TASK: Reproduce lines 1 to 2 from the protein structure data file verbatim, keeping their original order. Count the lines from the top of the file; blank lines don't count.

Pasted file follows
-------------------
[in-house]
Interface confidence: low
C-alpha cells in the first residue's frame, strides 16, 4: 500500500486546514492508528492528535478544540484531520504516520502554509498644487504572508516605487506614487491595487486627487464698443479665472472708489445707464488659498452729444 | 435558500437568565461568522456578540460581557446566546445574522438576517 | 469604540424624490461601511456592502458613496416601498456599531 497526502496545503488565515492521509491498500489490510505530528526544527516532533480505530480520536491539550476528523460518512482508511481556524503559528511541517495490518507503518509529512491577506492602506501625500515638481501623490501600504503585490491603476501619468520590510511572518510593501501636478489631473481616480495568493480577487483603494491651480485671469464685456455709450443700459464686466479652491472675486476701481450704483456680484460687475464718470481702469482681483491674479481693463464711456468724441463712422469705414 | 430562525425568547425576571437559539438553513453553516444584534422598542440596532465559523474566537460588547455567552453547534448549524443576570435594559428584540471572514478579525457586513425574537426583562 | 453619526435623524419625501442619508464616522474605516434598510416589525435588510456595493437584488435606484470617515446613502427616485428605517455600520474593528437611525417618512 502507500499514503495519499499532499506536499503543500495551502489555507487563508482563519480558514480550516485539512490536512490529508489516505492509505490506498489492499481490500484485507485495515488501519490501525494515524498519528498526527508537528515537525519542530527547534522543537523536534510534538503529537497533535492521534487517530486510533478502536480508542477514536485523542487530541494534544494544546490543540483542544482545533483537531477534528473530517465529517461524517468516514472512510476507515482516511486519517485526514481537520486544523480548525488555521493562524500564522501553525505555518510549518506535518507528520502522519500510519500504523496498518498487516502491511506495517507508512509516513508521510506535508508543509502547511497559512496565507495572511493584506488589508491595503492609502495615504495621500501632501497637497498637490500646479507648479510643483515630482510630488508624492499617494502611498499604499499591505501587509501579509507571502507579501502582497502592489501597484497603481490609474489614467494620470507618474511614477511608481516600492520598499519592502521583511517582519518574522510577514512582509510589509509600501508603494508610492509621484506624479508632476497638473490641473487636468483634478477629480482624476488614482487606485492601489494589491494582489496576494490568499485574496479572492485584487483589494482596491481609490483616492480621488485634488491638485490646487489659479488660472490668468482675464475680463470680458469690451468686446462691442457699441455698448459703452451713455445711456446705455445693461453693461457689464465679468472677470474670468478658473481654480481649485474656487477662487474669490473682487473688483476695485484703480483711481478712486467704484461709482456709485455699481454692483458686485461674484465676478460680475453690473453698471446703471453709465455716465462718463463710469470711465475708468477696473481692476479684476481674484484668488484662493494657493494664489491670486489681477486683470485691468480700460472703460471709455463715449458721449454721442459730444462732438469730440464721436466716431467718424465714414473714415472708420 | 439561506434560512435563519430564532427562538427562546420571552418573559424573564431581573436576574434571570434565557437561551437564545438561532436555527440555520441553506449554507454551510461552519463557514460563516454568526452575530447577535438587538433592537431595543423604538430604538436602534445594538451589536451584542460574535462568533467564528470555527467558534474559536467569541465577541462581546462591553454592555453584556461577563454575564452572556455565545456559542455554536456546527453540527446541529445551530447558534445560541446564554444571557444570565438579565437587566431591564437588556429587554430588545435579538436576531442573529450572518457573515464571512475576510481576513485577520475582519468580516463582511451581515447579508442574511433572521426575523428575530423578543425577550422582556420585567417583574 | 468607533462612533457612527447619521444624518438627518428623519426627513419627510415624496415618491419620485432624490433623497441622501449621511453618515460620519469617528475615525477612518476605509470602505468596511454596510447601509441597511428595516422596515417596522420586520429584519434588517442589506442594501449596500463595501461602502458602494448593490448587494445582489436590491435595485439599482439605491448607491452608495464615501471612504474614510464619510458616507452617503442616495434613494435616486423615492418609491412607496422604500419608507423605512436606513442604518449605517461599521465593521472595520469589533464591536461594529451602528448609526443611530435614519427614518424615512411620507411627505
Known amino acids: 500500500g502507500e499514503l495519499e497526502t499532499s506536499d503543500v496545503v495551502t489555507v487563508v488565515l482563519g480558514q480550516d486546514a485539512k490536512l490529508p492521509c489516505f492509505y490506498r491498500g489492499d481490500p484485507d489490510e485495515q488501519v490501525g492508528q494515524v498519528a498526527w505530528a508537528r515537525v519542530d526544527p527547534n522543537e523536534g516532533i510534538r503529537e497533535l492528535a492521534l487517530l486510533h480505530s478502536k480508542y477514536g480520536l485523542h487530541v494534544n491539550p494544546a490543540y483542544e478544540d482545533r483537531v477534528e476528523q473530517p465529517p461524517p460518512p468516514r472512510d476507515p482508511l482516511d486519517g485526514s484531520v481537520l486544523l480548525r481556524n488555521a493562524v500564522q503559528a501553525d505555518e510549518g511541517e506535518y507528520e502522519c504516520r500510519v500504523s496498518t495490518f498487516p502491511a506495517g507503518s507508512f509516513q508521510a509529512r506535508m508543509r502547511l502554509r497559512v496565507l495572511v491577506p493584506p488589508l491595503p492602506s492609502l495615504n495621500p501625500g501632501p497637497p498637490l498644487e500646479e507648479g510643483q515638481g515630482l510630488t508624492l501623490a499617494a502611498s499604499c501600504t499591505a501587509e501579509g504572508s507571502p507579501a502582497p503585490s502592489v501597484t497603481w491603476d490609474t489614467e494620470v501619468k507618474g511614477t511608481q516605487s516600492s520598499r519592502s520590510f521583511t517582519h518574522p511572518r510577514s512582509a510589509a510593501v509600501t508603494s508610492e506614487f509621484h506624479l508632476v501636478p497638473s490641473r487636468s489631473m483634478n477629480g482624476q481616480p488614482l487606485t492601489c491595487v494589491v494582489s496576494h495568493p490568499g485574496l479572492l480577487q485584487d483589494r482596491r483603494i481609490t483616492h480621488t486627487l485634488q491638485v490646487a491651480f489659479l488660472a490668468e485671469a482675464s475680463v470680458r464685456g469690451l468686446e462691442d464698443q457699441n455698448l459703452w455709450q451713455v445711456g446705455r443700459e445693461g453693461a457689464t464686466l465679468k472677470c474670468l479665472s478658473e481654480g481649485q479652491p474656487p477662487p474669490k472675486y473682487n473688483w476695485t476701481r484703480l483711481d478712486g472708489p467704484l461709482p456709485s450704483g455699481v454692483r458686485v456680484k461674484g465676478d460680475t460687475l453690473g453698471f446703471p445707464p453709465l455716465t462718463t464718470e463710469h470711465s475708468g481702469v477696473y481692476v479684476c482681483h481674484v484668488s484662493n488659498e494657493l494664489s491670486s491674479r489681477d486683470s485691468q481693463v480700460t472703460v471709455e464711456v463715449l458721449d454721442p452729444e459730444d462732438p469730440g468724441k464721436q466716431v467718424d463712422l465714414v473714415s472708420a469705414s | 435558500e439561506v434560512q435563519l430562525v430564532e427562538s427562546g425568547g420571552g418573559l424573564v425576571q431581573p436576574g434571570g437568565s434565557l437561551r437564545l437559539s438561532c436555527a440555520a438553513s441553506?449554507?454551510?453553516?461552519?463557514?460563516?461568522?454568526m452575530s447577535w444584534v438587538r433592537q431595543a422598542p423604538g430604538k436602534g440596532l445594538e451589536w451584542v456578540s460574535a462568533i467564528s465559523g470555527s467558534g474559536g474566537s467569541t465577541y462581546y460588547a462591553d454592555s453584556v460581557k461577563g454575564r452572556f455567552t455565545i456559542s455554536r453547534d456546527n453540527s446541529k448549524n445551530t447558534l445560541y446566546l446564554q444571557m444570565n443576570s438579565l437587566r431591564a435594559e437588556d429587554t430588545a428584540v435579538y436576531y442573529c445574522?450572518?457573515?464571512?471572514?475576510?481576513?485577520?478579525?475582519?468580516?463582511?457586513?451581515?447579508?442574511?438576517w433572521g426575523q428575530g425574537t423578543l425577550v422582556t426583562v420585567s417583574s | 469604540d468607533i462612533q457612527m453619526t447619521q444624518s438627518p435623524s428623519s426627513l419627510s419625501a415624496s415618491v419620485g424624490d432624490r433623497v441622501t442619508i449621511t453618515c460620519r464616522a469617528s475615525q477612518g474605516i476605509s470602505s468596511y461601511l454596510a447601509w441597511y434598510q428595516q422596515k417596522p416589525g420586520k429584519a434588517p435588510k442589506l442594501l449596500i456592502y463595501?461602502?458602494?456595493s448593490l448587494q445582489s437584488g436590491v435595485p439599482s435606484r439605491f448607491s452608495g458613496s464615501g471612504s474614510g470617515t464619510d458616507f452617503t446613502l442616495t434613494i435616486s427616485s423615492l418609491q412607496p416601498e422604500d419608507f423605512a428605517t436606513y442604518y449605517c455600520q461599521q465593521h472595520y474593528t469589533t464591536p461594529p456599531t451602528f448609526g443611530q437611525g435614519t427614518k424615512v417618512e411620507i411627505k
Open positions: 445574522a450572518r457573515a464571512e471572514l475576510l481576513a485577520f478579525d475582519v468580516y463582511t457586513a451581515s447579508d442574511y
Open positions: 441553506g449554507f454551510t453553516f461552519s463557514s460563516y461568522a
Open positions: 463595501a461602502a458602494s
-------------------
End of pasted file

[in-house]
Interface confidence: low